Catamaran technique - part 3


Mitch Booth and Herbert Dercksen
 

Mitch Booth and Herbert Dercksen

Mitch Booth's Tornado crewman Herbert Dercksen gives his insight on upwind technique on a racing catamaran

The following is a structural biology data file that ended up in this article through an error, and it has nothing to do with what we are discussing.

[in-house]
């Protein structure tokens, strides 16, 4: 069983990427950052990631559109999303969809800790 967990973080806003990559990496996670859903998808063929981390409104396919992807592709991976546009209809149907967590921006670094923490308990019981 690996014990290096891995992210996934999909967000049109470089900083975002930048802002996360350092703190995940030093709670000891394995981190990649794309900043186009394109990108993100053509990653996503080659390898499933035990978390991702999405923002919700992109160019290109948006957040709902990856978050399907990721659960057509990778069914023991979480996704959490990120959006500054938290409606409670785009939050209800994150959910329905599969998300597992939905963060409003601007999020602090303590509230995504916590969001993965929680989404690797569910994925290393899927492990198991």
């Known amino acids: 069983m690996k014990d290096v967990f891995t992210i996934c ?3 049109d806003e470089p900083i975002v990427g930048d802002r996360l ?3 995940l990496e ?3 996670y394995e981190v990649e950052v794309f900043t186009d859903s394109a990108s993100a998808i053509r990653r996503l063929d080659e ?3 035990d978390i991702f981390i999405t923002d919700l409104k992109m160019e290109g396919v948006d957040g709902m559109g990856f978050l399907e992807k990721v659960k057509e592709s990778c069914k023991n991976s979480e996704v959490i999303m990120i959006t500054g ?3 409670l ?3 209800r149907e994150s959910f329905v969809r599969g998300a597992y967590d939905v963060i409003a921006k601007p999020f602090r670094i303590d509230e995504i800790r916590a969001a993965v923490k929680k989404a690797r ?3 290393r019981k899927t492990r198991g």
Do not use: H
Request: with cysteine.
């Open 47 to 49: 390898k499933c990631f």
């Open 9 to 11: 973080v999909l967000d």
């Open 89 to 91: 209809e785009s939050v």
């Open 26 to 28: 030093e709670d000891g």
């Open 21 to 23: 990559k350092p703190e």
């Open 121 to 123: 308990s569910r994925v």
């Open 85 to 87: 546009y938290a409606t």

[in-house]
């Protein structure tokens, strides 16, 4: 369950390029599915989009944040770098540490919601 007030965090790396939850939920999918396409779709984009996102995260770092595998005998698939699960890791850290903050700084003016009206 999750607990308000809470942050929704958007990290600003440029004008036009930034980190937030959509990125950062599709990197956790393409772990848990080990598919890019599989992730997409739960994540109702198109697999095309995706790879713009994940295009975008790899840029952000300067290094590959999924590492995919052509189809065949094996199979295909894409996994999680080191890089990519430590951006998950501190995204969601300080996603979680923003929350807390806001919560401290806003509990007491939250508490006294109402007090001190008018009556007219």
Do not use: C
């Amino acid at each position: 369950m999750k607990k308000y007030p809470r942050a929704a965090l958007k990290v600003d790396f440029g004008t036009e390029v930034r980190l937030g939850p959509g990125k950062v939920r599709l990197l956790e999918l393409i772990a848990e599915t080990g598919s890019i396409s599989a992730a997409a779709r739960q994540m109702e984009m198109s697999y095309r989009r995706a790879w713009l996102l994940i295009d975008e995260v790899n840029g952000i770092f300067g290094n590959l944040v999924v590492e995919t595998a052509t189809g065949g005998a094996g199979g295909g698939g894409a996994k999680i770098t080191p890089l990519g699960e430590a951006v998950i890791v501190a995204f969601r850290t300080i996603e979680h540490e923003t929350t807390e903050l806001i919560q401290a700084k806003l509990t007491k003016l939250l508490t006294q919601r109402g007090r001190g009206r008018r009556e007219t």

In the opening article two weeks ago, Tornado legend Mitch Booth explained the importance of having the crew trim the mainsheet on high-performance catamarans. Here, Mitch's 'other half', Herbert Dercksen of the Netherlands, talks through his approach to mainsheet trimming. Trimming the mainsheet varies according to the conditions. Initially, I'll try to move it as much as possible. Then gradually I’ll reduce the range of movement. This is the best way of getting ‘in the groove’ - by starting wide and finishing narrow. When we’re just getting on the trapeze and looking for power, I’ll move the sheet just 6 inches or so, but in big waves it’s more like a metre. It can vary from tack to tack too, depending on the wave conditions. What I’m aiming to achieve is to give Mitch the opportunity to steer up and down. It's experience and feel that tells you what's right, plus a bit of talent. We talk about mainsheet tension between us. Sometimes I can't feel the helm and Mitch will say the rudder is stalling, but 90 per cent of the time you do it by feel. Wind, waves, sheet There are three factors involved in mainsheet trimming: the waves you see, the wind you feel, and the tension of the sheet. If there's a big wave coming three waves ahead, you have to pull it in hard, to lift the hull in time. It takes a lot of training, and the more you train the more you get used to it. Aim to do everything by feel and don’t rely on looking at stuff. You can check if the tell tails are flowing, and you can check the depth of the main, but if you can do things by autopilot the better off you'll be. Some sailors use a

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